The Kentucky Republican said Tuesday that he was forcing it to show there already aren’t sufficient votes to convict Trump, which would require two-thirds of senators.
“I think there will be enough support on it to show there’s no chance they can impeach the president. If 34 people support my resolution that this is an unconstitutional proceeding, it shows they don’t have the votes and we’re basically wasting our time,” Paul told reporters.
Still, while the test vote is likely to be defeated, it will provide more clues about how many Republicans are open to voting to convict Trump, even if that number is short of the 17 necessary for the two-thirds needed to convict and bar him from running for office again. Several Republicans said they were surprised they’d already be taking a vote on the constitutionality, as the question is something that both the House impeachment managers and Trump’s legal team are likely to address in their presentations next month.
Senate Minority Leader Mitch McConnell has said he’s going into the trial with an open mind. But Sen. Roy Blunt of Missouri, a member of GOP leadership who is up for reelection in 2022, said Tuesday he would vote with Paul. The Senate will be voting on a motion to table, or kill, Paul’s effort to dismiss the trial.
The trial began Tuesday afternoon with the swearing in of Sen. Pat Leahy of Vermont, the Senate president pro tempore, who will preside over the trial. Leahy then swore in the rest of the Senate, and senators went four at a time to sign an “oath book” as jurors for the trial.
Republicans focus on constitutionality question
At their party lunch Tuesday ahead of Paul’s planned vote, Senate Republicans hosted conservative legal scholar Jonathan Turley, one of the lead scholars arguing that impeaching Trump when he is out of office is unconstitutional.
Turley has written extensively in recent days about his belief that while reasonable people can disagree about whether or not it is constitutional to hold an impeachment trial for a former President, he wrote recently on his blog, “even if the Senate does not view this as extraconstitutional, it should view this trial as Constitutionally unsound.”
Given the limited language in the Constitution on impeachment, legal experts disagree about whether the Senate can convict a former president. But Democrats have pointed to legal scholars on both ends of the political spectrum who say a trial is constitutional, because the Senate has held trials previously for former officials.
Sen. Dick Durbin, an Illinois Democrat, charged that Republicans were fixated on the constitutional issue because “they don’t want to be held accountable for President Trump’s incitement of a mob to attack the United States Capitol.”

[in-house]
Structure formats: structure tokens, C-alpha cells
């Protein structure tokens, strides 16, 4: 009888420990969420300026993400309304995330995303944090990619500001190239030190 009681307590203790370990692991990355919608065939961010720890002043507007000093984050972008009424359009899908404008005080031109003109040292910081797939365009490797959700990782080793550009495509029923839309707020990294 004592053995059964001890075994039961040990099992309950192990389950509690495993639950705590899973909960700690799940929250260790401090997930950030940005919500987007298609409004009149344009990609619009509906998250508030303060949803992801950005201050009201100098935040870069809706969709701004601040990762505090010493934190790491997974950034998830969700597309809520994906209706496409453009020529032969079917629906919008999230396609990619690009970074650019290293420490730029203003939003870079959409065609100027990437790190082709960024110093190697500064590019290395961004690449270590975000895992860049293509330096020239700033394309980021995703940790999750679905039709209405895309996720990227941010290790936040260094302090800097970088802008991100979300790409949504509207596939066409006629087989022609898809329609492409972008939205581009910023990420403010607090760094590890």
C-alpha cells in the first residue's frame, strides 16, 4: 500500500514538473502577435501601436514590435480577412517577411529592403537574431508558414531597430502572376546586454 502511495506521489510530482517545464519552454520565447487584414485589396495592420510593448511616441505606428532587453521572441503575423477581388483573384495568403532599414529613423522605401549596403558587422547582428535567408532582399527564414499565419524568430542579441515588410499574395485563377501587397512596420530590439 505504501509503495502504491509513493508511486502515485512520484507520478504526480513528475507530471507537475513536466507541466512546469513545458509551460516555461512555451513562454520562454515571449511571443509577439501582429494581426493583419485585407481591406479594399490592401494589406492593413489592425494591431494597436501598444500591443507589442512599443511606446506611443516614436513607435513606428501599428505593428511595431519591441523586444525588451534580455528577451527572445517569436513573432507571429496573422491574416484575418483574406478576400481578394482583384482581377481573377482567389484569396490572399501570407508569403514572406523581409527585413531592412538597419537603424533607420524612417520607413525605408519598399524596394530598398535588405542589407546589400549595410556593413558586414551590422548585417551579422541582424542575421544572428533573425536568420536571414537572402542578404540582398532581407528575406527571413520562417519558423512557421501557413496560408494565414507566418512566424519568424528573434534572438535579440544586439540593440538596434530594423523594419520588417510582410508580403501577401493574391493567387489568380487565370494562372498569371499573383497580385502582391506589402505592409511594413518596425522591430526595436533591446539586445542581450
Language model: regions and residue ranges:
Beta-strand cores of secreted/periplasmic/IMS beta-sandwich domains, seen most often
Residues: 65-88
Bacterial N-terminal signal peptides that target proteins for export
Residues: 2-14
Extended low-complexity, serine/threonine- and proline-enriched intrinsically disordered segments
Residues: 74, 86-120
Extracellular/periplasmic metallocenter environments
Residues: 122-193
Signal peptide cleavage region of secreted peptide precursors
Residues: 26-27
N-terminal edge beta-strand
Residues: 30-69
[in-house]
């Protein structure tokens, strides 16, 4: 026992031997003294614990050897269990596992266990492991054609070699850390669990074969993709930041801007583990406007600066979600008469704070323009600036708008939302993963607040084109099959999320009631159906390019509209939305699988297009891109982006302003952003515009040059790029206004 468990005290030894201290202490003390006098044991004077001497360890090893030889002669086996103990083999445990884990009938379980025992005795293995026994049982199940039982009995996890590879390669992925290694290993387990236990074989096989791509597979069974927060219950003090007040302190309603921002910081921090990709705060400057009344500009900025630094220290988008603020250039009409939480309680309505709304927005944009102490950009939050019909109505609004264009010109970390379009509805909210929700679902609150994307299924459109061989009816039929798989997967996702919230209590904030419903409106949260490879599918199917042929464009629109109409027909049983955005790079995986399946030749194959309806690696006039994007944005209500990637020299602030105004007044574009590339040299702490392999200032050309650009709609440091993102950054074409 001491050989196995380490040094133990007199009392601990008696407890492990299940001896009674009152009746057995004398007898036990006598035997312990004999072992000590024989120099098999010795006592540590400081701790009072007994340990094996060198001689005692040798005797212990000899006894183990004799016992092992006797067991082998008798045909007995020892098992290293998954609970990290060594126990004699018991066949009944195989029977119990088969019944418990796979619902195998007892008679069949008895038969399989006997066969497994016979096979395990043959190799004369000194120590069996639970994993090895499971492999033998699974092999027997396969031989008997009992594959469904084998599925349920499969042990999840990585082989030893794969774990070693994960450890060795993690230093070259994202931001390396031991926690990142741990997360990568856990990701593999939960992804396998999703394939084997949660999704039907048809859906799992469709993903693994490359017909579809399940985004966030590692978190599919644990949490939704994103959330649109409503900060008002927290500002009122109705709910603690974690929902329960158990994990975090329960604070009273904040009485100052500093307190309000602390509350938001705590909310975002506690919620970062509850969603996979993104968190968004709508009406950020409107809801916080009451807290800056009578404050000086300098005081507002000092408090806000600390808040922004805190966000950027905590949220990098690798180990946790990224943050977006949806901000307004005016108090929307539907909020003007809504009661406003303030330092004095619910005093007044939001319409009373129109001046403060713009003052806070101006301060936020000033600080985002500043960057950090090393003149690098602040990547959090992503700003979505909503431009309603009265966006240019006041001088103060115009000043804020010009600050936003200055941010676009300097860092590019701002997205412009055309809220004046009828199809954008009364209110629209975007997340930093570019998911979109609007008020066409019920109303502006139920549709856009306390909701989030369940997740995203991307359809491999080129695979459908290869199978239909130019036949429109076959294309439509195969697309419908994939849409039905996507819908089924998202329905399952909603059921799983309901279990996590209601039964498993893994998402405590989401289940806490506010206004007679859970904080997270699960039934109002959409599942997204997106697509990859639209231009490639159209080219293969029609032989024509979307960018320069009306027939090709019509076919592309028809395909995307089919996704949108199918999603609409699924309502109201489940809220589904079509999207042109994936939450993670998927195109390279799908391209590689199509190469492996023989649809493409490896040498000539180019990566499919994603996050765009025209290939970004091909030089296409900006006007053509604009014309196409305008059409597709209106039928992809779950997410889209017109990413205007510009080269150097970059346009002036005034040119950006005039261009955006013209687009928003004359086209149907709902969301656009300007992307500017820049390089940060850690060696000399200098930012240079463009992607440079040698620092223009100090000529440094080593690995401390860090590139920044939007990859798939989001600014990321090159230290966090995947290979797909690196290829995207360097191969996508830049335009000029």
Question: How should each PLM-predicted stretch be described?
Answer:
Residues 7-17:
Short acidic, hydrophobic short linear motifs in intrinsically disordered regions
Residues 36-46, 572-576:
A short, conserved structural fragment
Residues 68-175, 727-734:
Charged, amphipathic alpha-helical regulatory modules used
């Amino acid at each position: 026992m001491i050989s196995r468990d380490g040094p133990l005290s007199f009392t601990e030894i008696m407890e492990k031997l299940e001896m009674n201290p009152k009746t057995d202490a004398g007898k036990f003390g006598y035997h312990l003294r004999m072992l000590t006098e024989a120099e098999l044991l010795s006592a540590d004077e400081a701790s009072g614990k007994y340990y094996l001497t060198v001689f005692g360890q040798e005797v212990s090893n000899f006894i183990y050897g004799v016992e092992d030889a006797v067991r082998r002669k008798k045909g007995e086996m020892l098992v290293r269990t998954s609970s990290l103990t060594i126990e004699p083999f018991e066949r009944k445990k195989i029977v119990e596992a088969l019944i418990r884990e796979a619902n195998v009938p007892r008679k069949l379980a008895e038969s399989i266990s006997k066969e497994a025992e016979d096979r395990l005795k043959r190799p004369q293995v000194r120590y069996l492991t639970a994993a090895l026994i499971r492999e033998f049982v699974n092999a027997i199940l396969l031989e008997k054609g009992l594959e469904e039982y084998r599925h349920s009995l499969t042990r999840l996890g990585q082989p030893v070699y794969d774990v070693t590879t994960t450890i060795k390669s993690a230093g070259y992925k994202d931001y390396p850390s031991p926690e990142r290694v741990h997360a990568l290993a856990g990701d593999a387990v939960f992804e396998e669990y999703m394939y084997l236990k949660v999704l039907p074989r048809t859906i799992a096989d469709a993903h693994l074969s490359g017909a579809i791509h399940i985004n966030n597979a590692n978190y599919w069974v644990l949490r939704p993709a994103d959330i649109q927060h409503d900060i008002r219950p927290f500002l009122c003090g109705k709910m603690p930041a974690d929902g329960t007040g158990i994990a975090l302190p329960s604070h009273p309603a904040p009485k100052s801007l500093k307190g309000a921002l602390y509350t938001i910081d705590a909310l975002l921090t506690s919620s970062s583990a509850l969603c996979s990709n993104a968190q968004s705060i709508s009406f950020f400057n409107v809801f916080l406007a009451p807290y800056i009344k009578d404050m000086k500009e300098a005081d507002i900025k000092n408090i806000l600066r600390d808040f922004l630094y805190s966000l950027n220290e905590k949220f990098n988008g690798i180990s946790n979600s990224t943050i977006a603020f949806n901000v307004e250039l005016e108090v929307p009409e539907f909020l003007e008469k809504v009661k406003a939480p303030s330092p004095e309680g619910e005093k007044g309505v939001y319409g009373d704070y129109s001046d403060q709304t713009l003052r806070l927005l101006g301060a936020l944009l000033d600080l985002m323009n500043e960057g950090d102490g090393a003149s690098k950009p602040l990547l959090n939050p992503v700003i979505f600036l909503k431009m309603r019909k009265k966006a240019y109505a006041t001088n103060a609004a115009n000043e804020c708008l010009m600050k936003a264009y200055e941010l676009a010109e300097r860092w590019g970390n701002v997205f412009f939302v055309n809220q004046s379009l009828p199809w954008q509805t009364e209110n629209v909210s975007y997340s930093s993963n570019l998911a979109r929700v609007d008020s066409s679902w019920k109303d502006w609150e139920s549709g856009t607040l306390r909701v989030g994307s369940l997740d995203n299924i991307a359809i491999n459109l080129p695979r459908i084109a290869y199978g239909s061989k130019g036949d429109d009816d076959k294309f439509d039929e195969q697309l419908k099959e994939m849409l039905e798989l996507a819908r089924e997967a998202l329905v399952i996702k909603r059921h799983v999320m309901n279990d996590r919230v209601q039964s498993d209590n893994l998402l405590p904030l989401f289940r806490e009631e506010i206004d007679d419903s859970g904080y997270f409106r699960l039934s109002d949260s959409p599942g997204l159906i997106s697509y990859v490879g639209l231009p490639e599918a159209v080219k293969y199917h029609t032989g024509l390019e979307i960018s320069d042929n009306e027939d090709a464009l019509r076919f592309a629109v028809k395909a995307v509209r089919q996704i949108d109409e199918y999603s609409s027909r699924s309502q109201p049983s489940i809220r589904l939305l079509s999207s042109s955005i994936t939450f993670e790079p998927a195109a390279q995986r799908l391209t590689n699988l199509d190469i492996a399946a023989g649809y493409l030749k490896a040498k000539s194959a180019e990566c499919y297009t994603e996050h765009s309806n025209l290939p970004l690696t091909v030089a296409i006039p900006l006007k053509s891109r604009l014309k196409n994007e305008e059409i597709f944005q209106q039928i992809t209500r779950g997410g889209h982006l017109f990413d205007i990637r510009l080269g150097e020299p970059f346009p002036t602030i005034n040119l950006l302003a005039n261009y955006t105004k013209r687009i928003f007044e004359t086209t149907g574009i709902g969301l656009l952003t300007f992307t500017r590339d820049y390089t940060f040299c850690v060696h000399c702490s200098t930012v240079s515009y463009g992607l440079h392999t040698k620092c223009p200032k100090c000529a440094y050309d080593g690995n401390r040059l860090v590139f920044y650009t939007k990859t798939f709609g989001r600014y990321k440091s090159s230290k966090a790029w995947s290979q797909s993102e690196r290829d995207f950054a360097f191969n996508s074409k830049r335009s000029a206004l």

“They don’t want to be held accountable on that vote so they’re going to try to make it another argument that is all about the Constitution,” Durbin said.
Several Senate Republicans say they agree it’s constitutional, including Sen. Mitt Romney of Utah and Lisa Murkowski of Alaska, who said her review “has led me to conclude that it is constitutional, in recognizing that impeachment is not solely about removing a president, it is also a matter of political consequence.”
Sen. Thom Tillis, a North Carolina Republican who just won reelection, said Tuesday, “I think there’s probably a constitutional basis for it.”
“I have more problem with the process and the expedited nature of it,” he added.
Several Republicans have pointed to the fact that Chief Justice John Roberts will not be presiding over the trial, while the Constitution says the chief justice should preside for the trial of a president.
“That would send a pretty clear signal to me what Roberts thinks of the whole thing,” said Sen. Chuck Grassley, an Iowa Republican, who declined to say how he would vote on Paul’s motion.
House managers prepare their case
At the first Trump impeachment trial, House impeachment managers also used video to bolster their case that Trump had pushed for Ukraine’s help to investigate his political opponent, Joe Biden. The use of video for the upcoming trial is even more compelling given the disturbing images and video that have emerged of rioters ransacking the Capitol and attacking police officers.
It remains to be seen how long the trial will last, whether the House impeachment managers will seek witnesses and what the exact contours of the President’s legal defense will be.
When the trial gets underway, one visible difference between the proceedings and Trump’s first impeachment trial will be that instead of Roberts, the president pro tempore of the Senate Patrick Leahy of Vermont will preside.
It would take a two-thirds vote in the Senate to convict Trump, a high bar to clear that looks increasingly unlikely to happen as a number of Senate Republicans are already arguing that it’s illogical and may be unconstitutional to impeach a former president.
Under the agreement reached by Schumer and McConnell, several ceremonial functions of the trial will take place this week. On Tuesday, the Senate is also expected to issue a summons to Trump, another step in the process of organizing for the trial to kick into high gear.
Then the trial will effectively be put on hold as the impeachment managers and Trump’s legal team exchange pre-trial briefs for two weeks. The final briefs would be due on February 9, allowing the trial to begin in earnest.
This story has been updated with additional developments Tuesday.